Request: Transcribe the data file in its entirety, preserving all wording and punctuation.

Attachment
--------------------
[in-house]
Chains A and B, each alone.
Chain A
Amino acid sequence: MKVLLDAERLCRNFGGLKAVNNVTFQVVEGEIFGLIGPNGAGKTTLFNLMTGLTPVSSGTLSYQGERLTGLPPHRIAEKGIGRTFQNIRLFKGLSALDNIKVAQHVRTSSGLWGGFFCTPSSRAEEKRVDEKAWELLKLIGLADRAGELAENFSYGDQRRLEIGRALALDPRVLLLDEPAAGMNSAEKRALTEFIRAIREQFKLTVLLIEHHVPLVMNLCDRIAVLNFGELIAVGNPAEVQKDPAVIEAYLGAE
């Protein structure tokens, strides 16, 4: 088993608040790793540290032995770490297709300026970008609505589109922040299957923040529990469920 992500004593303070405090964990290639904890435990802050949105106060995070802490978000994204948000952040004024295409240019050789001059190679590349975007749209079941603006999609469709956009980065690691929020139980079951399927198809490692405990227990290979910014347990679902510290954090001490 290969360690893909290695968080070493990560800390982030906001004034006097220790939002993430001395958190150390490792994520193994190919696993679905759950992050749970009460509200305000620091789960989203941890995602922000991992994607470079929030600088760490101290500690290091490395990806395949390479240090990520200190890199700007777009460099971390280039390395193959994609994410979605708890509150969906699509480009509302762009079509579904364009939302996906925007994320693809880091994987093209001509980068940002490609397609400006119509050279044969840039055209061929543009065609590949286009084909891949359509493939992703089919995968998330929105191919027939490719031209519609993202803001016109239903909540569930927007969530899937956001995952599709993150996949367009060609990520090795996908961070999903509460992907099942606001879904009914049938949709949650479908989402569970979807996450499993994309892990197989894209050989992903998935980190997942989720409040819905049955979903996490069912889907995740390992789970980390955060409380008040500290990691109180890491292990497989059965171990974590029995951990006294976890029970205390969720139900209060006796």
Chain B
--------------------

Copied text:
[in-house]
Chains A and B, each alone.
Chain A
Amino acid sequence: MKVLLDAERLCRNFGGLKAVNNVTFQVVEGEIFGLIGPNGAGKTTLFNLMTGLTPVSSGTLSYQGERLTGLPPHRIAEKGIGRTFQNIRLFKGLSALDNIKVAQHVRTSSGLWGGFFCTPSSRAEEKRVDEKAWELLKLIGLADRAGELAENFSYGDQRRLEIGRALALDPRVLLLDEPAAGMNSAEKRALTEFIRAIREQFKLTVLLIEHHVPLVMNLCDRIAVLNFGELIAVGNPAEVQKDPAVIEAYLGAE
């Protein structure tokens, strides 16, 4: 088993608040790793540290032995770490297709300026970008609505589109922040299957923040529990469920 992500004593303070405090964990290639904890435990802050949105106060995070802490978000994204948000952040004024295409240019050789001059190679590349975007749209079941603006999609469709956009980065690691929020139980079951399927198809490692405990227990290979910014347990679902510290954090001490 290969360690893909290695968080070493990560800390982030906001004034006097220790939002993430001395958190150390490792994520193994190919696993679905759950992050749970009460509200305000620091789960989203941890995602922000991992994607470079929030600088760490101290500690290091490395990806395949390479240090990520200190890199700007777009460099971390280039390395193959994609994410979605708890509150969906699509480009509302762009079509579904364009939302996906925007994320693809880091994987093209001509980068940002490609397609400006119509050279044969840039055209061929543009065609590949286009084909891949359509493939992703089919995968998330929105191919027939490719031209519609993202803001016109239903909540569930927007969530899937956001995952599709993150996949367009060609990520090795996908961070999903509460992907099942606001879904009914049938949709949650479908989402569970979807996450499993994309892990197989894209050989992903998935980190997942989720409040819905049955979903996490069912889907995740390992789970980390955060409380008040500290990691109180890491292990497989059965171990974590029995951990006294976890029970205390969720139900209060006796």
Chain B